Alex Chiarella to donate $50 per birdie to Maui wildfire relief efforts
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The Korn Ferry Tour pro will make donations throughout the four-event Korn Ferry Tour Finals
Written by Adam Stanley @Adam_Stanley
Maui’s iconic 150-year-old banyan tree, a centerpiece of downtown Lahaina, was charred in the recent wildfire blaze. The Pioneer Inn – the oldest-running hotel in Hawaii after going into operation in 1901 – burned to the ground. Upwards of 2,200 structures – including the public library, churches, restaurants and other gathering places – were damaged or destroyed in the August fires.s
Those are just things. People, numbering in the hundreds, died.
Fourth-year Korn Ferry Tour pro Alex Chiarella is doing something to help. Rising and rebuilding.
During the four-event Korn Ferry Tour Finals, Chiarella will donate $50 per birdie to Maui wildfire relief efforts (he made 22 birdies at the Finals-opening Albertsons Boise Open presented by Chevron). The donations will benefit the Calvary Chapel and the Hawaii Community Foundation’s Maui Strong Fund.
Chiarella has sponsors on board who are matching his donations, and he’s recruiting other players into the initiative as well.
Maui has been his lifelong home, and while his family is thankfully safe, plenty of others weren’t so lucky. The 29-year-old Chiarella was instinctively compelled to help however he can.
“It's been really tough on me … and truthfully I’ve felt really helpless being over here on the mainland and not being able to help,” Chiarella said. “This is my way to help as best I can. It is somber on Maui. Thousands of homes destroyed – buildings, restaurants that have been there forever. Entire towns. Just to see over 100 peoples’ lives lost now, it’s tough.
“Maui … if you’ve ever visited, you know how tight-knit the community is, and we’re kind of one big family. To see something like this happen, it affects me. It affects everybody involved.”
The wildfires began in early August with an emergency declaration signed on Aug. 8. The damage from the fires has been pegged at nearly $6 billion. At the time of the fires, 16% of the county of Maui was under severe drought conditions, according to The New York Times. The most significant of the fires occurred near Lahaina, with peak wind gusts of 80 mph blowing the flames through neighborhoods and key tourist areas. Hawaii Governor Josh Green stated the fire temperature reached 1,000 degrees Fahrenheit, and he called it “the worst natural disaster” in the history of the state.
Chiarella said initially when the news broke, he was shocked. He got a ton of calls from his friends, and his parents called him immediately to say they were OK. His extended family, too – their house in Lahaina survived. The days and weeks following the initial sweeping burn were hard, he said.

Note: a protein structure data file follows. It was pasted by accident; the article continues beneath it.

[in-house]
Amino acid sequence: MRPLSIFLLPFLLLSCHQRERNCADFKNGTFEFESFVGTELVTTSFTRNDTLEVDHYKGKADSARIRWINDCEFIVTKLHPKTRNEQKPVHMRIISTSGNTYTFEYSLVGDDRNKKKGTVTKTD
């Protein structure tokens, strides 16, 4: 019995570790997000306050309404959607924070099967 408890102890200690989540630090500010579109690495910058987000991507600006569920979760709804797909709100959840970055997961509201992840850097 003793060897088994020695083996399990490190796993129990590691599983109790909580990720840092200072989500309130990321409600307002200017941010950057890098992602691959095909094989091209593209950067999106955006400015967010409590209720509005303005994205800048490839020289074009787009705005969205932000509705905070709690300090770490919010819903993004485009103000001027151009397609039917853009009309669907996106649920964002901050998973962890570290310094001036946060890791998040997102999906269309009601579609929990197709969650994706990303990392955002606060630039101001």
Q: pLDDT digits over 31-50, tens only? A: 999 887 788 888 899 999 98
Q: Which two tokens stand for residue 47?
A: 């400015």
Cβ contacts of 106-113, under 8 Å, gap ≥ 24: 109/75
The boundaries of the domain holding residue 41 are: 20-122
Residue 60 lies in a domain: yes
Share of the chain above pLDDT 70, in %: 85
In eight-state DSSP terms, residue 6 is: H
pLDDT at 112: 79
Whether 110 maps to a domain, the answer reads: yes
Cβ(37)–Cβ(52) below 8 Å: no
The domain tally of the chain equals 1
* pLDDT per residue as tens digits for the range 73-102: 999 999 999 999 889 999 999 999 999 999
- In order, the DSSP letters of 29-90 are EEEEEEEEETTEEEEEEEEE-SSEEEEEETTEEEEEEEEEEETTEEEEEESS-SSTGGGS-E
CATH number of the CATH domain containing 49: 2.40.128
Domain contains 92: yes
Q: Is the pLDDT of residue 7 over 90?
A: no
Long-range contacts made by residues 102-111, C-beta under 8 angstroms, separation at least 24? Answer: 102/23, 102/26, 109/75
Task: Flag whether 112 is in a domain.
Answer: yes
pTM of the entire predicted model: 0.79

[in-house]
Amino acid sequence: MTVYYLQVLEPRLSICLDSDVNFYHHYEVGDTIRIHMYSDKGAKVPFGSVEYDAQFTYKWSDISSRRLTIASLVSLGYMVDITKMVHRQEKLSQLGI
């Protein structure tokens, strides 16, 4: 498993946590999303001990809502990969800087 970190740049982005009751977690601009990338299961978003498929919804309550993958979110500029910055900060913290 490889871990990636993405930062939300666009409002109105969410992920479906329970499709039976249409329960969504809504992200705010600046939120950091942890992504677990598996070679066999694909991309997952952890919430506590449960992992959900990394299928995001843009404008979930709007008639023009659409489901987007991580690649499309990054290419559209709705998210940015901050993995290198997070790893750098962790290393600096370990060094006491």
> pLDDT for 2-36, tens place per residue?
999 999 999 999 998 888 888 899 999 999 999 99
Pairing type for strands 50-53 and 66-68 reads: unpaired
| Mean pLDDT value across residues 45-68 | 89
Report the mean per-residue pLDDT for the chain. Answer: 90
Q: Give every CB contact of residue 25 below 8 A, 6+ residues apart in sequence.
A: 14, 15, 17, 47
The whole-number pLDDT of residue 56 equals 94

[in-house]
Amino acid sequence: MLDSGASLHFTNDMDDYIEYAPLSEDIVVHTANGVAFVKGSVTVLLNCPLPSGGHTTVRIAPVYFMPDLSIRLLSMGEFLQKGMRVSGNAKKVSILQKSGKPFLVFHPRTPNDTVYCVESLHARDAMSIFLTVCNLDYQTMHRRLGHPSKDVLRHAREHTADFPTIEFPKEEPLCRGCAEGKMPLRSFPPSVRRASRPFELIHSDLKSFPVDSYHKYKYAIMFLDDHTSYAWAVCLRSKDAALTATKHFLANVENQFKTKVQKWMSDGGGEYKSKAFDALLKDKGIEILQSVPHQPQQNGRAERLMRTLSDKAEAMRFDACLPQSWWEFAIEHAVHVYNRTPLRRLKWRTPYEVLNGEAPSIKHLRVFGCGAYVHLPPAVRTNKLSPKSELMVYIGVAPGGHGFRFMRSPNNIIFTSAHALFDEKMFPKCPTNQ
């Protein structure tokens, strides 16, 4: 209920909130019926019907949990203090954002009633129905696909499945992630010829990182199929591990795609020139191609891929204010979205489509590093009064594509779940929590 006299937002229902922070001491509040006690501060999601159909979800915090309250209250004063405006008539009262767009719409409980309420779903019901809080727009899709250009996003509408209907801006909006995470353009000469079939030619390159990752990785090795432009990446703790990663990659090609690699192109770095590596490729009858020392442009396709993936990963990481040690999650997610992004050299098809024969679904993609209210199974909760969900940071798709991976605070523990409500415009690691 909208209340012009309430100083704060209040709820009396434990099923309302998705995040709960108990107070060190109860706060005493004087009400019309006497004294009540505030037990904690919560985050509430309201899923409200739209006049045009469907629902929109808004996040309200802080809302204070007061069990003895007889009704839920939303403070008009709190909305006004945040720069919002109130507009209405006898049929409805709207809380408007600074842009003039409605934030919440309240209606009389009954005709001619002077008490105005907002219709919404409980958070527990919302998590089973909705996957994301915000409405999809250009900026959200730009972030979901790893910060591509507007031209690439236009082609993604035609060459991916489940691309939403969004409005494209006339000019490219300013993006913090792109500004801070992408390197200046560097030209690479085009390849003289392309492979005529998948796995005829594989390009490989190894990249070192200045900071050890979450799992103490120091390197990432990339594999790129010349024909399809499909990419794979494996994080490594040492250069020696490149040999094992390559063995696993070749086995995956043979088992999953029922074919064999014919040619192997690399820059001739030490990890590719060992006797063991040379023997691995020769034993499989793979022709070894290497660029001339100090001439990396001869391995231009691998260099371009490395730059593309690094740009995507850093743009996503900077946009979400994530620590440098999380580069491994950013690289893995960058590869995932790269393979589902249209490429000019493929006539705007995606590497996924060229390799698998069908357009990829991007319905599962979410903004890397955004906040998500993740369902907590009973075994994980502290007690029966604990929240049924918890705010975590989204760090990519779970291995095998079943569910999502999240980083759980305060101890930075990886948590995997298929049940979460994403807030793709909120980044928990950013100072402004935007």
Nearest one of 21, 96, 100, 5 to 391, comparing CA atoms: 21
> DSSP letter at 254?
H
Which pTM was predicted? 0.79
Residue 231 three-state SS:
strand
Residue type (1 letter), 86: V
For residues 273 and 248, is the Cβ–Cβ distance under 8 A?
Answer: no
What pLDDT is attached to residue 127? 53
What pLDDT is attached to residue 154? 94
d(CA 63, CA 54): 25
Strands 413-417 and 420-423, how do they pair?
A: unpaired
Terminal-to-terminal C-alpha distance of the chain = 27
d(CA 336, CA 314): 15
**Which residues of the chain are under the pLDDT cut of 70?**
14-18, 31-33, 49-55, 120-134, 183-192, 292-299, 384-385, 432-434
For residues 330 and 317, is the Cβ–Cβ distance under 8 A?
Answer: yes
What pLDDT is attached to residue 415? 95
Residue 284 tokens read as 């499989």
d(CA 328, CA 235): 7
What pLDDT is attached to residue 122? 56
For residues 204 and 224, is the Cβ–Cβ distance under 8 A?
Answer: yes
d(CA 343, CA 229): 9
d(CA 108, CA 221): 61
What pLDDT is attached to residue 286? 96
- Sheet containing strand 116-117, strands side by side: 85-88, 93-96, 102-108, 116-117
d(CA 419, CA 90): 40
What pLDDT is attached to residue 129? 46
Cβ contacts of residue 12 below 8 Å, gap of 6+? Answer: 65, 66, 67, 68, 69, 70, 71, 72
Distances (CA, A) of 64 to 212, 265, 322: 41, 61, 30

“The aftermath of that was unbelievable,” Chiarella said. “(My extended family) were pretty much trapped on West Maui for a period of time with no cell service, no water, no food, no Wi-Fi. And still to this day there are thousands of people missing. That’s just heartbreaking.”
Chiarella was born in Oahu, but his family moved to Maui after just a few months – “Maui is all I know,” he said. He lived there all the way through high school before heading to the mainland United States to attend the University of San Diego.
Alex Chiarella after his win at the 2018 Maui Open. (Courtesy Alex Chiarella)
“Eighteen years at home in Maui … and I wouldn’t change that for the world,” Chiarella said.
The Maui Strong Fund will provide financial resources to “support the immediate and long-term recovery needs for the people and places” affected by the wildfires by working with state and country leaders, non-profit organizations and community members. The Calvary Chapel, meanwhile, has long had a food pantry available to those who are food insecure or unsheltered. It has pivoted to become a “full-fledged distribution center” to help those who have been displaced by the wildfires.
The PGA TOUR, meanwhile, plans to play The Sentry at the Plantation Course at Kapalua in January as currently scheduled. TOUR winners Collin Morikawa and Xander Schauffele made donations after the FedExCup Playoffs, while Sentry made a $250,000 donation for immediate support efforts – matched by the TOUR.
Collin Morikawa donates to wildfire relief efforts in Maui
“We're committed … if we're allowed to, if we're invited, if we're embraced, given all that needs to be accomplished, we will be there, 100 percent,” PGA TOUR Commissioner Jay Monahan said during his annual State of the PGA TOUR press conference at the TOUR Championship. “But I think at this point right now, that's outside of our hands. Our focus is on what we can do (to help).”
For those who would like to support Maui’s long-term viability, Chiarella encouraged visiting. The economy will suffer, he admitted, unless tourism keeps coming in. While he urged people to avoid West Maui for now, there are plenty of great places near South Maui ready to welcome tourists.
“People really need money to survive,” he said.
While Chiarella’s focus over the next few weeks will be on golf, the better he plays, the more money will be raised for his home. A devastating time for those on Maui, but an opportunity to do something good.
“I think it can make a huge difference to Maui. They need us more than ever,” Chiarella said. “When the news covers disasters like this, they usually only cover it for a week or two when it’s relevant, but something like this is going to affect Maui for years. Homes lost. Lives lost. And trying to rebuild a historical town and many towns on Maui that have been around forever.
“We just need everyone’s support, and I want to thank everybody for being involved in this.”